As an e-commerce retailer, sooner or later you will encounter a resale certificate. Most of the time you’ll be providing your resale certificate to your vendor in order to buy items to resell.
But you’ll also sometimes find yourself on the other end of that transaction, where a buyer presents you with a resale certificate in order to buy your products to resell.
This article details everything you need to know about resale certificates, from when and how to use them, to when and how to accept them, and how to avoid any resale certificate pitfalls.
What are resale certificates?
Resale certificates provide verification that a buyer intends to buy items tax-free in order to either resell them or use them as parts or ingredients in creating items to resell.
Since each of the forty-six states (and Washington DC) that have a sales tax make their own sales tax rules and regulations, how resale certificates work varies by state. In most cases, your resale certificate number is the same as your state sales tax registration number.
Some states will give you a resale certificate to print out and present to your vendor, but in most cases as long as you provide all the required information to your vendor, you can provide it in any form. You can find printable resale certificates online, or even in packs at an office supply store.
Here’s an example California resale certificate.
How to Use a Resale Certificate
When making a purchase of items to resell, your vendor will require that you provide them with certain identifying information in order to make the sale. This information includes:
- Your name
- Your business name
- Your sales tax registration number (the format and what his is called varies by state)
- Your address
- The items you are purchasing and your intended use
- Your signature
Since the onus is generally on the retailer to ensure that they are making a legal tax-free sale, they may be very careful when accepting your resale certificate, and may even require more information from you.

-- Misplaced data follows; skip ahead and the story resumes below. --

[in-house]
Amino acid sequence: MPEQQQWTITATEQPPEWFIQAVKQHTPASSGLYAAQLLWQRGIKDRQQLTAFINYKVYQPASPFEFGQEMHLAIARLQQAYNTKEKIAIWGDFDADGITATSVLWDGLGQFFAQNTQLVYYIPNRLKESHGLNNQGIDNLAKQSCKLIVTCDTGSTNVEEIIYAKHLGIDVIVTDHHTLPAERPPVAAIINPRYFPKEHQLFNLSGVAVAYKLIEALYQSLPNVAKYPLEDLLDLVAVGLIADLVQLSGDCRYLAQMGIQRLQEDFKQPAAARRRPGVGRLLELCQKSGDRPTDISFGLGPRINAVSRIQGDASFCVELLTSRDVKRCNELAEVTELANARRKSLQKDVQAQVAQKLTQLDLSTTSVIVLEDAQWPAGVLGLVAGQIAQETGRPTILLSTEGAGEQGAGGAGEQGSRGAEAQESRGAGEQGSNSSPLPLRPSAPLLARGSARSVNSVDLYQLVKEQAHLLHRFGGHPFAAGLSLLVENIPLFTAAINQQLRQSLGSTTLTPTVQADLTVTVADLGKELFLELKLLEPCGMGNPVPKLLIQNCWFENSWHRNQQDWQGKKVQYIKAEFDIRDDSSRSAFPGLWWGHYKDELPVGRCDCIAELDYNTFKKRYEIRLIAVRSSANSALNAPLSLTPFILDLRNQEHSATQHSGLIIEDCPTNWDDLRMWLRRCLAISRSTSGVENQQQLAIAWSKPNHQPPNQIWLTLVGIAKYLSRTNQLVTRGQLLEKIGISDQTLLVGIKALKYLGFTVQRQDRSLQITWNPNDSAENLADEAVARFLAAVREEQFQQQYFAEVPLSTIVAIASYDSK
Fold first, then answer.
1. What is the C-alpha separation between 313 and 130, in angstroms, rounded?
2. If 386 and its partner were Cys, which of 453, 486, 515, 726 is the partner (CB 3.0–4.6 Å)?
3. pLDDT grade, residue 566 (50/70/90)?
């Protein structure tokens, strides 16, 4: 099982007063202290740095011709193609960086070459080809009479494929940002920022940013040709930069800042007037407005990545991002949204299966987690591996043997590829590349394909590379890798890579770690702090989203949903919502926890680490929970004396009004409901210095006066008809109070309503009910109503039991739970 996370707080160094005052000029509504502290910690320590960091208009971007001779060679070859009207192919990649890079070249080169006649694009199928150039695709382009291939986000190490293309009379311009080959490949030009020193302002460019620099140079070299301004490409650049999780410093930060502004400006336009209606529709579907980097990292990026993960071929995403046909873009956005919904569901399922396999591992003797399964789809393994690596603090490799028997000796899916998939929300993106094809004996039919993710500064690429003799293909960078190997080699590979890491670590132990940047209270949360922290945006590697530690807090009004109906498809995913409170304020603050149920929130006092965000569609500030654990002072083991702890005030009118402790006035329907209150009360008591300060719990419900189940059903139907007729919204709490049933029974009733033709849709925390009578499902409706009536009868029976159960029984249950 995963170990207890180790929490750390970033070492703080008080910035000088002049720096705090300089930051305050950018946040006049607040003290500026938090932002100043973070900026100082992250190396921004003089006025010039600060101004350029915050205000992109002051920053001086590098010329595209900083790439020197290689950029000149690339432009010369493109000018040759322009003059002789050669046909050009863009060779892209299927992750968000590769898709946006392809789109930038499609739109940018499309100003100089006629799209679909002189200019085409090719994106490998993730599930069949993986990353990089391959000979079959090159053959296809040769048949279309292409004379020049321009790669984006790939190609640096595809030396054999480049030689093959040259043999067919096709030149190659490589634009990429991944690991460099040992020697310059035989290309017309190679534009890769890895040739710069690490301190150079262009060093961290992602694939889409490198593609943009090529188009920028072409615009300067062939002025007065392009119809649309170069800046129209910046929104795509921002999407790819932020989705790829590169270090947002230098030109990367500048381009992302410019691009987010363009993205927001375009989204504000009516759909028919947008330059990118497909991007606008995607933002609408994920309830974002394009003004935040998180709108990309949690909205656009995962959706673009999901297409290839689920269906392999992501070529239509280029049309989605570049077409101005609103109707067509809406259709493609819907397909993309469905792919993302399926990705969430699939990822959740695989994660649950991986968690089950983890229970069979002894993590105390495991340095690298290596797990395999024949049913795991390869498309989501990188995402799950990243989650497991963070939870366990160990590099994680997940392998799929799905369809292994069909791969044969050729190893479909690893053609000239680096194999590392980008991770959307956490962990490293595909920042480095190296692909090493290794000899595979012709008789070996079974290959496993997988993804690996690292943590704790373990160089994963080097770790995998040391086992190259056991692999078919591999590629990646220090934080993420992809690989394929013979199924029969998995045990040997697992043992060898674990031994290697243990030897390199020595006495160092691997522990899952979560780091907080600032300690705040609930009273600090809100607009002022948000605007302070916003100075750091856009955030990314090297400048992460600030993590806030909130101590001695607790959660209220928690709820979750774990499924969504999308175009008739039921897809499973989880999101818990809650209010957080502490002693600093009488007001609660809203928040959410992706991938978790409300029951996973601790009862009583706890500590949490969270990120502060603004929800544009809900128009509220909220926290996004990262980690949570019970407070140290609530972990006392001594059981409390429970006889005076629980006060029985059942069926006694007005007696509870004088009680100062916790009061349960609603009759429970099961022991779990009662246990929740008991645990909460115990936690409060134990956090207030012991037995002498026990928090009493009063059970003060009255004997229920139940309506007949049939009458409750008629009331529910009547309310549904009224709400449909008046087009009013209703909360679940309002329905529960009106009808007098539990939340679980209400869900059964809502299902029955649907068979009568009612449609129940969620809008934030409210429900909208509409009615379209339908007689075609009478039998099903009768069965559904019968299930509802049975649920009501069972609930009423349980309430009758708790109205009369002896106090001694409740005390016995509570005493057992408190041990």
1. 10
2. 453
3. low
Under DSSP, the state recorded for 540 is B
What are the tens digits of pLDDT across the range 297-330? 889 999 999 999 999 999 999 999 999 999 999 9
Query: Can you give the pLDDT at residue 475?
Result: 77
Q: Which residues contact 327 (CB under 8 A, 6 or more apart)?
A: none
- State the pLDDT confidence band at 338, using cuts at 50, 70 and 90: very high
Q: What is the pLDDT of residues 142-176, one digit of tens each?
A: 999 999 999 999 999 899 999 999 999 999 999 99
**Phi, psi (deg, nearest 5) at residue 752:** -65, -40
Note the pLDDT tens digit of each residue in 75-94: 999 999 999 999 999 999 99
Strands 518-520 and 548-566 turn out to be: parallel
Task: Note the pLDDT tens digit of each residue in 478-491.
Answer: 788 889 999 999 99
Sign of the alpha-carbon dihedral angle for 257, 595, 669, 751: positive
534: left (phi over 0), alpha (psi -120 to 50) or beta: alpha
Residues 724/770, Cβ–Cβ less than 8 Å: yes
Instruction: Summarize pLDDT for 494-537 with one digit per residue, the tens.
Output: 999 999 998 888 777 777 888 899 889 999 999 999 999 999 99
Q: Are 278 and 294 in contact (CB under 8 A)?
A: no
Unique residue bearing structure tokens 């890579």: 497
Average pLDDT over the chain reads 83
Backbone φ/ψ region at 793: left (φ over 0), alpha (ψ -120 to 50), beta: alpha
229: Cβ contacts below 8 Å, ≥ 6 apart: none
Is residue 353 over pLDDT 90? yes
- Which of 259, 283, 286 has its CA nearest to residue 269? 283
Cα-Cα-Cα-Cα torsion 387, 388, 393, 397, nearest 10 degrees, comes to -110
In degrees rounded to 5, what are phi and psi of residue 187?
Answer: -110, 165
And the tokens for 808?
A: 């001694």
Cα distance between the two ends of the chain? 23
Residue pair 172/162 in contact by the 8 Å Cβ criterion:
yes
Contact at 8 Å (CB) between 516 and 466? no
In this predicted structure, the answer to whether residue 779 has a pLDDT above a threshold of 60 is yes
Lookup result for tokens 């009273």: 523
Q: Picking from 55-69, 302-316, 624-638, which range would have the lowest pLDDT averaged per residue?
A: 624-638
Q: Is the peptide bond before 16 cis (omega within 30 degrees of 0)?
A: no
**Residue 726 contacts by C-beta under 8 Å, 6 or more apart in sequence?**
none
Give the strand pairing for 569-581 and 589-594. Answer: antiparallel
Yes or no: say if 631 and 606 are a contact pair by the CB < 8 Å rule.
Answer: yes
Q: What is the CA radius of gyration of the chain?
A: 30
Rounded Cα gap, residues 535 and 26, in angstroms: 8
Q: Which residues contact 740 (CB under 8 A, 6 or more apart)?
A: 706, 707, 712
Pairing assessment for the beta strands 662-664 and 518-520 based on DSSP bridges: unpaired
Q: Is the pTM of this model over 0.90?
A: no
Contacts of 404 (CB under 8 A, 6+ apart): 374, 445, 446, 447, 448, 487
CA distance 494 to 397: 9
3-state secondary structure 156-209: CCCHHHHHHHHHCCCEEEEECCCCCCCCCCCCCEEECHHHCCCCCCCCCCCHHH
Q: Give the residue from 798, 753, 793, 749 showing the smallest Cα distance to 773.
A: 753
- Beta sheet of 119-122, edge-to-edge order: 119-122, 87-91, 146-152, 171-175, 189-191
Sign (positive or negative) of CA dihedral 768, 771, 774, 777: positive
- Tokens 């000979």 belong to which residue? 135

For that reason, it’s important to note that resale certificates are only to be used for buying goods to resell or buying the ingredients to produce goods to resell.
An example would be buying a pallet of toothpaste from a toothpaste supplier to sell at your dental office. Or, buying cloth and thread in order to turn those into sassy embroidered sayings to sell as home decor on Etsy.
Resale certificates do not apply to items you intend to use in the normal course of your business, like coffee for the employee breakroom or printer paper.
If you do business with a vendor, they may keep your resale certificate on file. However, they’ll often require that you update it periodically so they can be sure their records are current.
Vendors are also allowed to refuse to accept your resale certificate. In this case, you can try to find another vendor, or keep track of the tax you paid on goods you intended to resale and request a refund on your next sales tax return.
If you have questions about using resale certificates, you can contact us for assistance.
How to Accept a Resale Certificate
If you mainly sell goods at retail, you may not often have to deal with resale certificates.
But you should still familiarize yourself with accepting resale certificates, because as a retailer, it’s your responsibility to ensure that any resale certificates you accept are complete and accurate. Unfortunately, if you accidentally make an invalid tax-free sale, it is generally your responsibility to pay the taxes you didn’t collect.
If a buyer presents you with a resale certificate, do the following:
- Ensure it’s completely and accurately filled out according to your state’s guidelines for resale certificates. This generally means buyer’s name, company name, sales tax registration number (and state where they are registered if not local), the items they are buying, the purpose of those items and the buyer’s signature